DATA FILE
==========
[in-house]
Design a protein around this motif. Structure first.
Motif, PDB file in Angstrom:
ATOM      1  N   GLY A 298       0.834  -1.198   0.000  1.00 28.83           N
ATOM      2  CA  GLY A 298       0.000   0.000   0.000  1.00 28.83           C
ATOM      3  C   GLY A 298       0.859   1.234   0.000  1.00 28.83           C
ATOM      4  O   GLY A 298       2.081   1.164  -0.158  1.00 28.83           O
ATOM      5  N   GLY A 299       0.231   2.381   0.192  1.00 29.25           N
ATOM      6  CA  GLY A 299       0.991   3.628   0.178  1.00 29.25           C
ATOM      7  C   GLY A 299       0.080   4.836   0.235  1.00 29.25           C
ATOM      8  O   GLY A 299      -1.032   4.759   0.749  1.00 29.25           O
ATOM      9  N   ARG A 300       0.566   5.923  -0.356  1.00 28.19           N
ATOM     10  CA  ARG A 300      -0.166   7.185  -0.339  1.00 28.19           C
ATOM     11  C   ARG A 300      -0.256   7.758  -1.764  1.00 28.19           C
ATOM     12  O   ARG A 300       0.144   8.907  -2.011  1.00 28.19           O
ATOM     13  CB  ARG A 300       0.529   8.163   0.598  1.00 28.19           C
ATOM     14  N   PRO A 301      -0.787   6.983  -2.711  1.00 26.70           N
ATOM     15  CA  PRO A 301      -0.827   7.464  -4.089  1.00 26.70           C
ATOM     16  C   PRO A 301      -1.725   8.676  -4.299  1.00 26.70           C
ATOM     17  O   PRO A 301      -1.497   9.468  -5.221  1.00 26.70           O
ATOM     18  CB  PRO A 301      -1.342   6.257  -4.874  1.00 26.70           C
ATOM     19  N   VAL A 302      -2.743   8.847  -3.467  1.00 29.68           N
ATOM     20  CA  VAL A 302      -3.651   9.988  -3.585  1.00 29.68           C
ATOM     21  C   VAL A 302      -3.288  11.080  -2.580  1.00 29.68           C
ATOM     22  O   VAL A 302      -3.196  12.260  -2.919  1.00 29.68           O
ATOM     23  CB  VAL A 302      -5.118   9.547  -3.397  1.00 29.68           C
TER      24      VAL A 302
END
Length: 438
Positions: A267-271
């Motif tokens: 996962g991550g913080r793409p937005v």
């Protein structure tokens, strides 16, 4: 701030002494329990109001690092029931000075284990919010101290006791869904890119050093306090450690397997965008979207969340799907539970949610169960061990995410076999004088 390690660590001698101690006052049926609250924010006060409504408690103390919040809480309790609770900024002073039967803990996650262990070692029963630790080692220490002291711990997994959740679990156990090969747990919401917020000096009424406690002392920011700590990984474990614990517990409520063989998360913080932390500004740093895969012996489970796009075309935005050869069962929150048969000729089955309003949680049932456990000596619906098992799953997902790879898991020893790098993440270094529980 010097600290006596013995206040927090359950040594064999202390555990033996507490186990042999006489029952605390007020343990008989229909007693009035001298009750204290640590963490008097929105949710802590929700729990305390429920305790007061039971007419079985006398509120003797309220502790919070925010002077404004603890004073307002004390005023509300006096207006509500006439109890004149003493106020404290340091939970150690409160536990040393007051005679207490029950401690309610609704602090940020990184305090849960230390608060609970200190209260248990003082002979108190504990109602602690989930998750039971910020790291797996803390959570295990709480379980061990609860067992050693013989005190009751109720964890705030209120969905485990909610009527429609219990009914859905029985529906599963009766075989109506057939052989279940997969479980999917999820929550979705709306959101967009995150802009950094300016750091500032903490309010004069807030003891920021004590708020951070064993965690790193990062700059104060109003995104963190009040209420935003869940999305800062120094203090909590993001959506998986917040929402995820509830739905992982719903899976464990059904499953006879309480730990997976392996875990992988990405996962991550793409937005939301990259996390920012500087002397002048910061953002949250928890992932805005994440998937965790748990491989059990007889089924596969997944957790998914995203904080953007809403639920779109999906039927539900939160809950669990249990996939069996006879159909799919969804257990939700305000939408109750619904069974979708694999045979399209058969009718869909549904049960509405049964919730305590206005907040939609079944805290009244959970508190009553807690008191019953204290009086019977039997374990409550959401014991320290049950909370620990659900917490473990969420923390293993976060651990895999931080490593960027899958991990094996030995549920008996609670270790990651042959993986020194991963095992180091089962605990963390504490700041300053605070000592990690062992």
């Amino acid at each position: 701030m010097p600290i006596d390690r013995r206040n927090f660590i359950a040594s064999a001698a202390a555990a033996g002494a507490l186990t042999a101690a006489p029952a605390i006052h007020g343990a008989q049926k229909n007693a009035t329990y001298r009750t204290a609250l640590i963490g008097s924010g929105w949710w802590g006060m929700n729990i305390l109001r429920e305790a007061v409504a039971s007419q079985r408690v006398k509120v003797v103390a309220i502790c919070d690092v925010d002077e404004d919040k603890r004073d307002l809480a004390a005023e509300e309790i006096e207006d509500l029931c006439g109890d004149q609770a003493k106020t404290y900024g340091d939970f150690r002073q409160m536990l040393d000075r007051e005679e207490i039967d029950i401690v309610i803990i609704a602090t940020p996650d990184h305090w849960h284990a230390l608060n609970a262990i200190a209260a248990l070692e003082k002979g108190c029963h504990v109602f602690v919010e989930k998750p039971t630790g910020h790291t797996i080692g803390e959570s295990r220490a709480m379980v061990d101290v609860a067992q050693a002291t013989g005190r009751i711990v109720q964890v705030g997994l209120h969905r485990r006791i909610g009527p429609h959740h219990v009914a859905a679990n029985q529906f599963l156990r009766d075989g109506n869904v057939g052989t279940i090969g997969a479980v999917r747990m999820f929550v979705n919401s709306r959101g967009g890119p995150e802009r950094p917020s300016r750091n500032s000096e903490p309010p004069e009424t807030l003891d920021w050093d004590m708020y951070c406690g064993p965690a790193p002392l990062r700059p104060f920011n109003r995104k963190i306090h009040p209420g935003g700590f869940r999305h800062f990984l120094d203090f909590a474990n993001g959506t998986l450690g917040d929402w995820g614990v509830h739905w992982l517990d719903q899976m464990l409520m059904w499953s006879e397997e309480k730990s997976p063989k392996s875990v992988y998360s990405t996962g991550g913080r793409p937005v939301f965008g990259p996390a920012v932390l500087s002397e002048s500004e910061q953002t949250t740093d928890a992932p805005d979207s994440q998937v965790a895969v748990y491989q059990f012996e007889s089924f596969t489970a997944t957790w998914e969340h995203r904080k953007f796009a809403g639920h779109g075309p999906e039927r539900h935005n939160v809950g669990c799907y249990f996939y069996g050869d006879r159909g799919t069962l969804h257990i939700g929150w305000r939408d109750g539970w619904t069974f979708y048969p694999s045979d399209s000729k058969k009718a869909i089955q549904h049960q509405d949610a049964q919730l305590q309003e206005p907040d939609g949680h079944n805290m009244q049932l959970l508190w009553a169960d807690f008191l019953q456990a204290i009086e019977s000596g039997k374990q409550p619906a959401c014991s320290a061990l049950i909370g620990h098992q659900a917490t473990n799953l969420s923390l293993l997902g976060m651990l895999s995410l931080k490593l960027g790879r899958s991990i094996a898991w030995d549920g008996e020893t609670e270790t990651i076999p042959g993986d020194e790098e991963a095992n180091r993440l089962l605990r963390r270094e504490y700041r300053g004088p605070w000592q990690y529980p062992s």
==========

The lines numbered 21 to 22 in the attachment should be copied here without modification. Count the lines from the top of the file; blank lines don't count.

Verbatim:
ATOM     18  CB  PRO A 301      -1.342   6.257  -4.874  1.00 26.70           C
ATOM     19  N   VAL A 302      -2.743   8.847  -3.467  1.00 29.68           N